Good point phoenix. Large pneumatic geared mills are a good idea, but may go down. This could be fixed with a second back up generator. The advantage of a shared generator means that the mills would be less top heavy, assuming the extra pipe and fluid had equal distribution over the full length, you could have taller mills, and taller mills would mean more wind. The real problem may actually be the amount of energy required to push the massive amounts of hydraulic fluid. Probably washes the advantage of height or energy storage.
emtae, May 04 2002

       Or with giant cones, you could funnel the wind into pipes that distribute the pressurized air directly to homes for ventilation, hairdryers, etc.
FarmerJohn, May 06 2002

       Sorry this doesn't stand up technically or economically. For low flow losses you need to go for high pressures, which gives you high leakages in your pump and motor. High pressures gives you high temperatures, if this is conducted away on the way to the central motor you have an irreversibility hence entropy increase hence inefficiency. If you are pumping into a common manifold you need a 1MW high- pressure variable-displacement air compressor to match the variable speed capability of an electric generator + power electronics (current state of the art), plus a 30MW-ish motor for the farm. Due to compressibility and low viscosity of air these are very difficult machines to make with decent efficiency. High pressure oil is much better than air for large scale mechanical power transmission, you can use an accumulator if you need storage. Captital expenditure and servicing the debt is by far the dominant cost for wind plant. Of this the majority is civil/structural so it makes sense to spend a bit more on your power transmission to get high effiency to maximise return from your investment.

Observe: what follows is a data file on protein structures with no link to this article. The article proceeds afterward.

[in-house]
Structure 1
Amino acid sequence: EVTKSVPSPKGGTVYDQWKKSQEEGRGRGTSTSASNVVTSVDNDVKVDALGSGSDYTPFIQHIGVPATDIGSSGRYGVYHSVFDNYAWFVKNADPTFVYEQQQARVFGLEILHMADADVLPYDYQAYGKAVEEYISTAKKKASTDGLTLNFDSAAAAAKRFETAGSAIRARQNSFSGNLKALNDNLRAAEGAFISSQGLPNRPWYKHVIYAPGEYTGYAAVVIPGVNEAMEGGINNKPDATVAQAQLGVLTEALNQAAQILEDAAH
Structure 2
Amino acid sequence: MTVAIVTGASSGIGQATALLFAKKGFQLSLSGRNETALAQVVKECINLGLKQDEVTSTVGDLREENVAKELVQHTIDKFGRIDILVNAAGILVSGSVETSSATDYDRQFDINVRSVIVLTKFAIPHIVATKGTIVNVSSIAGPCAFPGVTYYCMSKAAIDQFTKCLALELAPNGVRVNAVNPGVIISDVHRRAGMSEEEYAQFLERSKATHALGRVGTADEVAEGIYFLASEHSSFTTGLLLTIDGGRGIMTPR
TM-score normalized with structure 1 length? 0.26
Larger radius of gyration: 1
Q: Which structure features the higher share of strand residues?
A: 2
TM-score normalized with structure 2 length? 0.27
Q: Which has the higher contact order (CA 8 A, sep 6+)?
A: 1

shameless_self_reference, Sep 05 2002

       I agree with respect to compressor storage, but I have seen economical wind driven pumped storage mechanisms that are used for irrigation pumping.
FloridaManatee, Apr 22 2003

       Can you say "wasted energy"?
zigness, Mar 16 2004

       Well I don't think compressors are cheaper than electircal generators and they tend to be break down a lot. However, the problem with wind energy is indeed storage so you may have something with using commpresed air for use during non windy times. but efficiency is really bad. Ever notice how compressors get really hot when the air is compressed. That's all wasted energy. Having said that it still might be worthwhile. ineficient storage is still better than NO storage which is the case today on all commercial wind generators.
tedhaubrich, Aug 03 2004

       Losses would be high, and you couldn't store a useful amount of energy. That's what we [effectively] have power grids for.
willard_b_trophy, Feb 15 2005

       The most efficient way to compress air (or any other gas) is in multiple stages, with intercooling.   

       Logically, the best way to use pneumatic storage of wind power would be to have a wind farm where each wind turbine powers an air compressor, but only one of these compressors takes air directly from the atmosphere -- each of the others takes compressed air from the prior compressor and compresses that air further.   

       All of the piping in between compressors acts to cool the compressed air between one stage and the next, reducing the amount of energy needed to reach the maximum pressure.   

       To make up for heat loss, we could reheat the air after the last stage of compression and before the compressed air generator. This reheat stage could be done using either fossil fuels or concentrated solar power. An added benefit of reheating is that it obviates ice formation in the generator's exhaust.
goldbb, Jan 19 2010